Recently, a federal judge sentenced the owner of an employment leasing company to 15 months in prison for conspiring to provide illegal alien workers to an air cargo firm based in Ohio. The judge also ordered the owner to forfeit a record $12 million representing proceeds of the crime. According to Julie Myers, assistant secretary for U.S. Immigration and Customs Enforcement (ICE), this is the largest forfeiture ever ordered in an illegal alien labor case. Myers has warned that:
“Companies that use cheap, illegal alien labor as a business model should be on notice. ICE is dramatically enhancing its enforcement efforts against illegal employment schemes.”
Case Background & Summary
Maximino Garcia was the president and co-owner of an employee leasing company, Garcia Labor Company of Ohio, Inc. (GLC), which was based in Wilmington, Ohio. Beginning in 1999, GLC contracted with ABX Air, Inc. (and before that with Airborne Express) to provide temporary workers to sort freight at Wilmington Air Park.
Pursuant to the leasing contract, GLC agreed to provide qualified temporary workers to ABX Air at an agreed upon hourly rate. As the direct employer of these workers, GLC also committed to: maintaining all personnel and payroll records, calculating wages, withholding all required employer taxes, and complying with all immigration laws and labor laws.
Beginning in 2003, the Social Security Administration notified Garcia that several hundred GLC employees were using invalid social security numbers. However, Garcia continued to employ these same workers and took no substantive action to determine whether they were authorized to work in the United States.
In February 2004, ABX Air began requiring GLC to provide five years of employment background information on each of its workers. Garcia, through his representatives, assisted workers in providing false or inaccurate information in their responses. During this time, Garcia and his representatives also engaged in unlawful check cashing for the illegal workers, the majority of whom lacked valid identification to cash their paychecks.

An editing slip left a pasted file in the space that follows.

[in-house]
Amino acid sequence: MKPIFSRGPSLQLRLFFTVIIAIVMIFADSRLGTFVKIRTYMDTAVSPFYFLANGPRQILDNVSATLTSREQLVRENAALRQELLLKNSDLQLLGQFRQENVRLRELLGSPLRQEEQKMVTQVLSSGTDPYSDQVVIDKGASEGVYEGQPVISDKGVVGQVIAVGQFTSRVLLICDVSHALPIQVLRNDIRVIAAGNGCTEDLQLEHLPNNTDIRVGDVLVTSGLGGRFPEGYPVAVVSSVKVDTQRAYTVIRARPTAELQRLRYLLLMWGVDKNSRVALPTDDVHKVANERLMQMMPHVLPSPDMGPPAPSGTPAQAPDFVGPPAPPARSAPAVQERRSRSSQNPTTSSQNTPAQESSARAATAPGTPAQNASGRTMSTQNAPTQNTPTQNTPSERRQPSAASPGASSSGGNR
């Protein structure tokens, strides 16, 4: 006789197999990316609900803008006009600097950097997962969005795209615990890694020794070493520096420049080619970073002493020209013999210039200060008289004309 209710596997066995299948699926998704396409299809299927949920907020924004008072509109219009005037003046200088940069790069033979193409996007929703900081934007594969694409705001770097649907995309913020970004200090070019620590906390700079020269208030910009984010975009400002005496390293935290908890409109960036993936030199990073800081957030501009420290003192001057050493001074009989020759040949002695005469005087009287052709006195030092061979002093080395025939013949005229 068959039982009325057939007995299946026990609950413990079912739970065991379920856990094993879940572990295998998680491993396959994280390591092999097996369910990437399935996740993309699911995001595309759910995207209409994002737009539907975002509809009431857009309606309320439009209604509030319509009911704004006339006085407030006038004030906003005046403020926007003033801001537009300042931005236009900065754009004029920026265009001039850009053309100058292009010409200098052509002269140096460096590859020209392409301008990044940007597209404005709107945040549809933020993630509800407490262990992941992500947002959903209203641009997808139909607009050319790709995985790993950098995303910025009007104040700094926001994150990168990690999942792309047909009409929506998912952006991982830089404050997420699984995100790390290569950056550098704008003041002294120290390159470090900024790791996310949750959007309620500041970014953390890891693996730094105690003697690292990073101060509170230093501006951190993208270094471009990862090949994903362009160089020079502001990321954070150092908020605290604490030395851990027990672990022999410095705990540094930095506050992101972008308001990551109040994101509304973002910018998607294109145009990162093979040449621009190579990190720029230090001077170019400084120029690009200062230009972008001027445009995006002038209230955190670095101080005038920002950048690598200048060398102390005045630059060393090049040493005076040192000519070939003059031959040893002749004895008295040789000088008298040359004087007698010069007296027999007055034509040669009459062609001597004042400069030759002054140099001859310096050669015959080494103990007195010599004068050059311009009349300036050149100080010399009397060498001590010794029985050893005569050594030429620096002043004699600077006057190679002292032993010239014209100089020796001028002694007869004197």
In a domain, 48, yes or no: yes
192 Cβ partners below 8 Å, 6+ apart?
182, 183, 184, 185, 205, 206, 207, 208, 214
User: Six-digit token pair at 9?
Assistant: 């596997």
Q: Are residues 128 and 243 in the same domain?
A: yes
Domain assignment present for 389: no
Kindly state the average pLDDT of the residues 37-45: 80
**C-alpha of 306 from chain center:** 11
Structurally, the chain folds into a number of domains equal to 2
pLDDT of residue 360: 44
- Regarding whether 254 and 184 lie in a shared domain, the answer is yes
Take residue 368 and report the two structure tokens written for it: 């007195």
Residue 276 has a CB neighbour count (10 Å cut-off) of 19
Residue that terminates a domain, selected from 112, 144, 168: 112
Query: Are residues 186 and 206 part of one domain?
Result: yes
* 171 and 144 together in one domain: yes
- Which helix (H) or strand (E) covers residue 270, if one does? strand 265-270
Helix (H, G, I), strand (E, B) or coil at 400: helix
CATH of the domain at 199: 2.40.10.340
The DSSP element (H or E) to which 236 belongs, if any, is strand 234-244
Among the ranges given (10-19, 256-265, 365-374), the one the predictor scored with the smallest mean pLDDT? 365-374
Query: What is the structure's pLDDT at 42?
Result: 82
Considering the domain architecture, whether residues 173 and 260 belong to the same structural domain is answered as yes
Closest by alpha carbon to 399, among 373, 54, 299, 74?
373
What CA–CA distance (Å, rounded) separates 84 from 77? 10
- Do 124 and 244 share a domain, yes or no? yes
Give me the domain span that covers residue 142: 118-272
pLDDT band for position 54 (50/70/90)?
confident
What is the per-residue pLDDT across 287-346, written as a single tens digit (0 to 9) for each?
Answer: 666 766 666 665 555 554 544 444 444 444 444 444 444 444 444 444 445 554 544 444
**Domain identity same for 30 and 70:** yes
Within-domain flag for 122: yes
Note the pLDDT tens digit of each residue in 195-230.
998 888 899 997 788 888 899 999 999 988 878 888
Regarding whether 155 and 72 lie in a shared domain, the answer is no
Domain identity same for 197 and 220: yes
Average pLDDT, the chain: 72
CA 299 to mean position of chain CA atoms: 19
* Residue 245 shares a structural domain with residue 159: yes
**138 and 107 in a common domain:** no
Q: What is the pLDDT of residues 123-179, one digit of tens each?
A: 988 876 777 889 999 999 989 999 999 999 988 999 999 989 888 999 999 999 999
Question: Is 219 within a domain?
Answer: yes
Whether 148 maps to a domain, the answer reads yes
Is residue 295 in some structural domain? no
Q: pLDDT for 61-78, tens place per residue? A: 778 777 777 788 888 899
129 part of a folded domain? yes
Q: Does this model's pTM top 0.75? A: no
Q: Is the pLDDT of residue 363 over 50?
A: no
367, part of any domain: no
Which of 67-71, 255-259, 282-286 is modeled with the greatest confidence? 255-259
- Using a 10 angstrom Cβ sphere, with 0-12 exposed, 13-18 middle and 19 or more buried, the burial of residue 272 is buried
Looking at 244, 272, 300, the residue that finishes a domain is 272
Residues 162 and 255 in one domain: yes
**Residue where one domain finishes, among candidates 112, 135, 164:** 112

In January 2005, the Transportation Security Administration conducted a regulatory compliance audit and inspection of ABX Air and Wilmington Air Park. After the federal inspection revealed that almost all of GLC’s workers used invalid or fraudulent Social Security numbers, ABX Air terminated its contract with GLC.
In July 2006, the ICE “raided” GLC. Thereafter, Garcia, along with his vice president and the human relations director, were indicted on forty counts of knowingly employing unauthorized workers, including charges of transporting and harboring illegal aliens and money laundering.
In October 2006, they pled guilty to conspiring to encourage, induce, aid and abet illegal aliens to reside and remain in the United States for the purpose of commercial advantage or private financial gain.
Conclusion & Recommendation
The Garcia decision represents what may be a new era of vigilant enforcement of immigration labor laws. It appears that the government is increasing its efforts to crack down on employment of illegal aliens, while courts are simultaneously increasing penalties for violations of immigration labor laws.
While the hefty penalties in the Garcia case were imposed against the employee leasing company and its representatives, companies contracting for labor services may also be subject to liability for the illegal employment practices facilitated by a contracting company.
To ensure compliance with federal and state law, companies using leased (or temporary) employees should (a) closely monitor the leasing company’s employment verification process and (b) insist that the leasing contract clearly designates (i) the type of verification process to be used and (ii) who is responsible for all verifications.